Even with a tech recession continuing to impact the broader economy, many U.S. tech professionals are not planning to stay with their current employers. In its annual Tech Sentiment Report, tech career marketplace Dice reports that nearly one-third of technology professionals are actively searching for a new job, and 60% are considering changing employers within the next year. With a 2.2% tech unemployment rate—well below the national average of 3.8%—these job seekers know they still have room to negotiate for the benefits and salaries they want, especially if they are proficient in high-demand skills or experienced in popular tech roles.
“Tech professionals are a very resilient group of people, and the results from our Tech Sentiment Report show both their strength of character and an understanding of their position in the market right now,” said Art Zeile, chief executive officer at Dice. “Yes, we are in the midst of what I call a tech recession, in that tech is being adversely affected while other areas are experiencing a faster recovery. But demand remains high for tech professionals who have the skills to help companies with tech infrastructure, engineering in all of its many uses, cybersecurity, and data science and management; companies simply can’t afford not to employ them. Tech professionals know they’re in demand, so they’re continuing to search for environments that are right for them, and that means the right cultures and values, the right kinds of work, and the right benefits based on their unique needs and wants.”
The 2023 Tech Sentiment Report includes data and analysis on flexibility and remote work satisfaction, salary transparency expectations, and the importance of employer brand. Here are a few of the key takeaways.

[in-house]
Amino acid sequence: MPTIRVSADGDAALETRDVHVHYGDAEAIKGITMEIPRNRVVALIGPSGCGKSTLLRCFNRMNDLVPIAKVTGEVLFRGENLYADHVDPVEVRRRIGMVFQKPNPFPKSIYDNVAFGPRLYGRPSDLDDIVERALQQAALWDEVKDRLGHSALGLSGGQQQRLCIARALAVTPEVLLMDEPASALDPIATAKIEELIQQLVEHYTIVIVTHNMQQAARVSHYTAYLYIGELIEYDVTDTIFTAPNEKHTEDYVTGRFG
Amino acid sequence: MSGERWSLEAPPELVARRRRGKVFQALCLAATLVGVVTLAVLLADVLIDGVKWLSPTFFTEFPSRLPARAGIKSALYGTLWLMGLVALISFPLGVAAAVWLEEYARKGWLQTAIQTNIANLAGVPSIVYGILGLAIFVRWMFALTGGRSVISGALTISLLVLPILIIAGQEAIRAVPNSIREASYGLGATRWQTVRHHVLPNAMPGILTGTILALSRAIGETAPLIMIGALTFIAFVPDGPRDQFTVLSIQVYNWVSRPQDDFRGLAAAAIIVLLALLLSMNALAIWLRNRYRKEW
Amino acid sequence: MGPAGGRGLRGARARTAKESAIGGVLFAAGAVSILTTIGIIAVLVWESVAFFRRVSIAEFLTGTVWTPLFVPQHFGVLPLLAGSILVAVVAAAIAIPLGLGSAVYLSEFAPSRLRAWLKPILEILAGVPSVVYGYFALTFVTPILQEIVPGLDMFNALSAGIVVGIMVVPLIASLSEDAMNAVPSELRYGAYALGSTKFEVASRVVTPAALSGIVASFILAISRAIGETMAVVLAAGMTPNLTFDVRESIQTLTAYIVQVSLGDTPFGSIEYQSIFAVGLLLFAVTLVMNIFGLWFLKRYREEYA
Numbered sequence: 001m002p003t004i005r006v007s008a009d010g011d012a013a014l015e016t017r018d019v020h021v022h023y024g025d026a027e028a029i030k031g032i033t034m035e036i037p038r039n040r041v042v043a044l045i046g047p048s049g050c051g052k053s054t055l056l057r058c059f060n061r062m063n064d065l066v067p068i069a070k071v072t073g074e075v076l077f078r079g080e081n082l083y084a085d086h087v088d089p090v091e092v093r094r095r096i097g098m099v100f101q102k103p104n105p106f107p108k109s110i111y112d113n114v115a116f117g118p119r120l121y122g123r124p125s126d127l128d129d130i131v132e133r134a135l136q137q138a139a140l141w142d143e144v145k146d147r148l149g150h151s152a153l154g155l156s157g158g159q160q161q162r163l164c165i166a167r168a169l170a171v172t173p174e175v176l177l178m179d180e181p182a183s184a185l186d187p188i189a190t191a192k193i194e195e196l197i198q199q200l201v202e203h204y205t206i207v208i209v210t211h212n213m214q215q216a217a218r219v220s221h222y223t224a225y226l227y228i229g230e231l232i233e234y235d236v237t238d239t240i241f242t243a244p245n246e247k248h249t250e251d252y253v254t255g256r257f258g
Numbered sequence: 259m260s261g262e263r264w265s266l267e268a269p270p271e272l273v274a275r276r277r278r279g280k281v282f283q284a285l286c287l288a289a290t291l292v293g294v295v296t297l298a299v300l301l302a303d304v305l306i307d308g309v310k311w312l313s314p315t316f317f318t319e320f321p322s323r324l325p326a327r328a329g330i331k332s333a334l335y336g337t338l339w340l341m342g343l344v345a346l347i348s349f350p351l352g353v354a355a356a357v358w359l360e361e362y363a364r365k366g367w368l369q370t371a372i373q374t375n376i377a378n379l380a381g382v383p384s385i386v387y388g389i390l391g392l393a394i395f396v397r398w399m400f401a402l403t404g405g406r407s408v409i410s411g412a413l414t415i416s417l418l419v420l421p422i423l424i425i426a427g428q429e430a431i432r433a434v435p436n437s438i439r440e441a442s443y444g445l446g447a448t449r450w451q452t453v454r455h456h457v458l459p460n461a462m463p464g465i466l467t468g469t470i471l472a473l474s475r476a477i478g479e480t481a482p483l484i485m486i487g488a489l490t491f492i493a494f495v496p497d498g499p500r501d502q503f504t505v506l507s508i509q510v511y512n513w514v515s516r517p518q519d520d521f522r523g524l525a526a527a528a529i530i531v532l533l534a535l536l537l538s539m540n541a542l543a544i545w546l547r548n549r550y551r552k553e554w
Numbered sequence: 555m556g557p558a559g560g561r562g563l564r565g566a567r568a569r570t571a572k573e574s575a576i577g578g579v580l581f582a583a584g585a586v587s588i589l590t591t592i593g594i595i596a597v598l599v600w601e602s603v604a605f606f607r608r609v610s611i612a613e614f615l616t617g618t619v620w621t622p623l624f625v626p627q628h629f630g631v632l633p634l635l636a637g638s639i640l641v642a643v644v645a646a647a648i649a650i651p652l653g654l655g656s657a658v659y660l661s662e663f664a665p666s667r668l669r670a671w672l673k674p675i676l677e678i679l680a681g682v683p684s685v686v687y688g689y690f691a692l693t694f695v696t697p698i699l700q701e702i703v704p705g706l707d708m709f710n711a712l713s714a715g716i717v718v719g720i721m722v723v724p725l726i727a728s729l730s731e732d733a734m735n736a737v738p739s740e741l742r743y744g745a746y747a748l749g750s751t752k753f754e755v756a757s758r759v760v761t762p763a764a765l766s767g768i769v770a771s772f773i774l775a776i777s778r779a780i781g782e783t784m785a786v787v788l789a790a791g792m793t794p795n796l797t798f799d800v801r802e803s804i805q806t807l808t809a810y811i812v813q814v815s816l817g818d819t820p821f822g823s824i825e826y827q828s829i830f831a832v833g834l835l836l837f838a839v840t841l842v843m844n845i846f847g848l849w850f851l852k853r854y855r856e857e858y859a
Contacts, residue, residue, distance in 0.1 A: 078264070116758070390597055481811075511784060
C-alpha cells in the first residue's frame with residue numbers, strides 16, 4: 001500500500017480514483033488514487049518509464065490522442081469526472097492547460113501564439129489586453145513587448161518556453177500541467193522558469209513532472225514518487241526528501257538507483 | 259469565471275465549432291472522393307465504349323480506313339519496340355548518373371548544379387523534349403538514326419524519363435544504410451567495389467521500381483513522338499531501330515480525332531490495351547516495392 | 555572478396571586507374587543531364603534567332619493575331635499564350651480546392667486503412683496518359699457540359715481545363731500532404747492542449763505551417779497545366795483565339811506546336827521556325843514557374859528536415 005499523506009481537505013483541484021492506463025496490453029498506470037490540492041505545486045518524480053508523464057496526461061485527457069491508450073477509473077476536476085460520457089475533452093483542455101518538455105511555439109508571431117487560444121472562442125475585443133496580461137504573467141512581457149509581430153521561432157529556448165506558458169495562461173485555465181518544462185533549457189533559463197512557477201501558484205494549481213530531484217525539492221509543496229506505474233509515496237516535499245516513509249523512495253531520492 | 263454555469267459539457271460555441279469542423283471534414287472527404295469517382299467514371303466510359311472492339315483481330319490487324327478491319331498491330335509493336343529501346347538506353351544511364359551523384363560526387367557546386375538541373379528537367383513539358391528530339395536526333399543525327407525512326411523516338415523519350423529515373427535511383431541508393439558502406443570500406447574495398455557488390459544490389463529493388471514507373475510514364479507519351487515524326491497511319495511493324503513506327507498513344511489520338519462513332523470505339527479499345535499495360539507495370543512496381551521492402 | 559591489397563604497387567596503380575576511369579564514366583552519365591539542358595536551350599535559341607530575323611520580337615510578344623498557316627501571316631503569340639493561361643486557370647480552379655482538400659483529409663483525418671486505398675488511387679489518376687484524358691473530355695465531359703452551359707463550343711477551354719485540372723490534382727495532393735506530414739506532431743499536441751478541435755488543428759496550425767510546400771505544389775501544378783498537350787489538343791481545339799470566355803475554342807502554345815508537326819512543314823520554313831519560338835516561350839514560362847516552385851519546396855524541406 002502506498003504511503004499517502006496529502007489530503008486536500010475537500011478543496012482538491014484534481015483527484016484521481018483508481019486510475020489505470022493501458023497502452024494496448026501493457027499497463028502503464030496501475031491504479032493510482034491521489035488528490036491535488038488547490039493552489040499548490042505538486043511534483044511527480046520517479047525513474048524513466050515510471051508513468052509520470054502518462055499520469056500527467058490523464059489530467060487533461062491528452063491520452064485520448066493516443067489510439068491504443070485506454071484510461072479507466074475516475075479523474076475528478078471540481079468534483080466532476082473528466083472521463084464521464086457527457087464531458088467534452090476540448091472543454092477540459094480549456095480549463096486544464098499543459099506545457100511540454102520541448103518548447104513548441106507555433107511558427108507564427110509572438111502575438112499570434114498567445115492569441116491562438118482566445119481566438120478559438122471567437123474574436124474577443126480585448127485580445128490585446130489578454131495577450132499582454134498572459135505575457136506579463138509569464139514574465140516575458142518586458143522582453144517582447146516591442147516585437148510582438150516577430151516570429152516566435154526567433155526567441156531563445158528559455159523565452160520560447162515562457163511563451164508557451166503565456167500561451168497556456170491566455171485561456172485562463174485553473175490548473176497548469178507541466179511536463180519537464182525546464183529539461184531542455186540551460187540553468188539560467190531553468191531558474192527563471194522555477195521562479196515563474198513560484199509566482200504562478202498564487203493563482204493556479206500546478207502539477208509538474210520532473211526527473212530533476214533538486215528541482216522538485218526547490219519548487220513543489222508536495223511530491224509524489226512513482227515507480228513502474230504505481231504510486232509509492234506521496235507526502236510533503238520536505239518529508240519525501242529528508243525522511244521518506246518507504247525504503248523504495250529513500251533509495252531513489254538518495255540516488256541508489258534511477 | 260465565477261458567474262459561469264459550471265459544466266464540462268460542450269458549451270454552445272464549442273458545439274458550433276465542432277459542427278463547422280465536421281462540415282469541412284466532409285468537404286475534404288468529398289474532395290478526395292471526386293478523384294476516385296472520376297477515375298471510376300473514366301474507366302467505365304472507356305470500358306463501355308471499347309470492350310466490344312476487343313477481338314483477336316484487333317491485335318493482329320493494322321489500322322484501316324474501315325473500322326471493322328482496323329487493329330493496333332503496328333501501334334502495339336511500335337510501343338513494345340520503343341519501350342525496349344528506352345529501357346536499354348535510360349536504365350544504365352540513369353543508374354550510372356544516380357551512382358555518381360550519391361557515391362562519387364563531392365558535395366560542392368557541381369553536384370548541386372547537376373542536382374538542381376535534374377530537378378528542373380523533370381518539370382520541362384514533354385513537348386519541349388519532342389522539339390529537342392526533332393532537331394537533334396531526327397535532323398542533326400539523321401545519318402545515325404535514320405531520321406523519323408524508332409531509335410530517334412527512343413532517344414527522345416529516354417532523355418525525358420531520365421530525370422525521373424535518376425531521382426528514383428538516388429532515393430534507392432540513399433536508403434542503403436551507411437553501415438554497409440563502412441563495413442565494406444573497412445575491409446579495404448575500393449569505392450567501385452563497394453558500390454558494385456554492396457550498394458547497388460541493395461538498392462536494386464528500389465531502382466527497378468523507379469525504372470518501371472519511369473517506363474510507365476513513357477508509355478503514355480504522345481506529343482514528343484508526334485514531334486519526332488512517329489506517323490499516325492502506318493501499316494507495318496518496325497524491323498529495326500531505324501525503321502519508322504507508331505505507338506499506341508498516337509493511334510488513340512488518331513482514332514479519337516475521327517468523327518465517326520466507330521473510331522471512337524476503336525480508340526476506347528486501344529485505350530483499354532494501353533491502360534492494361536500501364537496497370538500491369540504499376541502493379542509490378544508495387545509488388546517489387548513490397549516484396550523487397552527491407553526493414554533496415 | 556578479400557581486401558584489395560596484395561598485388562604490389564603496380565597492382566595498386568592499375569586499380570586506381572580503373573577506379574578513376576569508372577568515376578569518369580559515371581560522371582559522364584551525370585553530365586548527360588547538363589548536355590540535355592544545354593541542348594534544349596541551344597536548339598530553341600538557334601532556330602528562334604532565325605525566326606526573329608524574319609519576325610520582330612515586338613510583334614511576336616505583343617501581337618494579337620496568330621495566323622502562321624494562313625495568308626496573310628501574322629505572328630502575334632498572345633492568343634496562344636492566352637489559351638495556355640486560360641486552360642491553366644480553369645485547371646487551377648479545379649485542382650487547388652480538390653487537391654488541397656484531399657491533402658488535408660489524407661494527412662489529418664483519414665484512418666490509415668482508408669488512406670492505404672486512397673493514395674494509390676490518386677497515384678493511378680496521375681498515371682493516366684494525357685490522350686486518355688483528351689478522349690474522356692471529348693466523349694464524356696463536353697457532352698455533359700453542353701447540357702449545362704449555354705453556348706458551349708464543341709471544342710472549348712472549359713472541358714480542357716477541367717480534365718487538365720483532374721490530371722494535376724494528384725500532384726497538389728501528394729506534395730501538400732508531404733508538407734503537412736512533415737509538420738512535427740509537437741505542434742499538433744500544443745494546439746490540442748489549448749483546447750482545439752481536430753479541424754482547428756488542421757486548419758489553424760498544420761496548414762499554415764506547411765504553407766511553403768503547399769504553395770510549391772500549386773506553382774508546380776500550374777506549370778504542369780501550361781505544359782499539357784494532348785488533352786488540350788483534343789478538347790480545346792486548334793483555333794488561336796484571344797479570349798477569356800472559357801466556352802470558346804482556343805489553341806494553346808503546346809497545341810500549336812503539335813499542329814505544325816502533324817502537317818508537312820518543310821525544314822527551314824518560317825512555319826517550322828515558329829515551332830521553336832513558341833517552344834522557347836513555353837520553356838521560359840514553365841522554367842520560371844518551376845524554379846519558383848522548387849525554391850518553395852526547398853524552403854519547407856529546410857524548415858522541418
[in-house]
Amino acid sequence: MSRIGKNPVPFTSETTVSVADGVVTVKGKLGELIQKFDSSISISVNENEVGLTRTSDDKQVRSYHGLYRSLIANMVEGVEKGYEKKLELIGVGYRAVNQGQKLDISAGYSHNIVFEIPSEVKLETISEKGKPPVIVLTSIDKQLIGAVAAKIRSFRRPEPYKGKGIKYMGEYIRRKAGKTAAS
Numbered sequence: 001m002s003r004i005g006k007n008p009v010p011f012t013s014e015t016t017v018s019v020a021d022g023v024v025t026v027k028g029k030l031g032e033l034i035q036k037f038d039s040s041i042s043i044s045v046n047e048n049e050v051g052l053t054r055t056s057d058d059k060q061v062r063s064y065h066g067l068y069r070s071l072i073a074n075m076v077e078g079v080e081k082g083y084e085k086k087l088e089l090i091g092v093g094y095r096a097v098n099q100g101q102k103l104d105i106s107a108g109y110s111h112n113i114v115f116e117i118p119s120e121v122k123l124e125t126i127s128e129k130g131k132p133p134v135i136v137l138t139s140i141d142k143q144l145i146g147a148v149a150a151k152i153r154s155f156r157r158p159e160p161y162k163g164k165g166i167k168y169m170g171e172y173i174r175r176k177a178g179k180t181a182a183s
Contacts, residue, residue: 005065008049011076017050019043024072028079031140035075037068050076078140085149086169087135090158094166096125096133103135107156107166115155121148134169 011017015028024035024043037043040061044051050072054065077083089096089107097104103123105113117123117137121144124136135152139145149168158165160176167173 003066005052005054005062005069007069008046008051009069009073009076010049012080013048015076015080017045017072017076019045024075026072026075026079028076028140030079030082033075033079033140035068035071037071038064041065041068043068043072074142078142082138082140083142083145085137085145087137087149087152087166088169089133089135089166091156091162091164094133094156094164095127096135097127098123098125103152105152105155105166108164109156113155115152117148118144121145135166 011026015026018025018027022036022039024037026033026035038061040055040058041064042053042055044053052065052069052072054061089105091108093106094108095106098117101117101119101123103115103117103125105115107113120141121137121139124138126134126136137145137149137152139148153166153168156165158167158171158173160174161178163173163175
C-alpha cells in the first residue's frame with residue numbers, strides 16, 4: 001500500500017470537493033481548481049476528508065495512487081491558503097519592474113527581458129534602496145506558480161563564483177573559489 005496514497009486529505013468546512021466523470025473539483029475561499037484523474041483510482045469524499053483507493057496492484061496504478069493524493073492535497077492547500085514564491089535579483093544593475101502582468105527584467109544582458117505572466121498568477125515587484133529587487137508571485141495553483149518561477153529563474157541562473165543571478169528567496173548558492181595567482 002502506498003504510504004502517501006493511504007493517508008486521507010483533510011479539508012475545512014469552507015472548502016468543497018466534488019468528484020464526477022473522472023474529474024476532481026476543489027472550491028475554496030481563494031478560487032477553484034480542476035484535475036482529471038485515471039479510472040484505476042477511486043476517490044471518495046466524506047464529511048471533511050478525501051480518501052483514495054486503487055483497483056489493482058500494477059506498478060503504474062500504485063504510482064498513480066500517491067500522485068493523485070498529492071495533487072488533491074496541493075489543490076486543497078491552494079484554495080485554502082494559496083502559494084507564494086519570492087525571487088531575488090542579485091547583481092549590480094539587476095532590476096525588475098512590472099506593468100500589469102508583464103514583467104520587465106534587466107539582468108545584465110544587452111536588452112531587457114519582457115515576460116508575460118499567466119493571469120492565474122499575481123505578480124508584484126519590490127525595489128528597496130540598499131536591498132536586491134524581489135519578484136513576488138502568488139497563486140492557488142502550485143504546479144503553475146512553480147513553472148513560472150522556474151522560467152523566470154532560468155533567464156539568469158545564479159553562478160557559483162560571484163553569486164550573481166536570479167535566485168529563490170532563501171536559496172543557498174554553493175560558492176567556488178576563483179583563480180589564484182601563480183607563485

A Continued Demand for Balance and Flexibility
Tech professionals know the specialized, in-demand roles they fill, and they will continue to expect flexibility from their companies. Work-life balance is critical, and for many tech professionals, it didn’t improve over the past year. Nearly 63% of respondents said their work-life balance hasn’t improved since last year, an increase from 56% in 2022.
That dissatisfaction could be tied to many companies’ return-to-office mandates. Although six in 10 of the tech professionals surveyed reported being very satisfied with their current remote working status, many organizations are trying different tactics to entice their employees to return to the office. Approximately 73% of respondents said that it’s “extremely” or “very” important to have the opportunity to worm remotely at least three days per week with their next role or organization.
“Employers can’t pretend that successful remote work environments and a focus on better work-life balance haven’t been prevalent in the past few years,” Zeile said. “You can’t put the changes in work culture back in the box and still hope to attract top tech candidates. The skilled tech professionals that companies want to hire don’t want to be in the office ‘9-to-5, five days a week,’ regardless of whether executives want them to fit that mold.”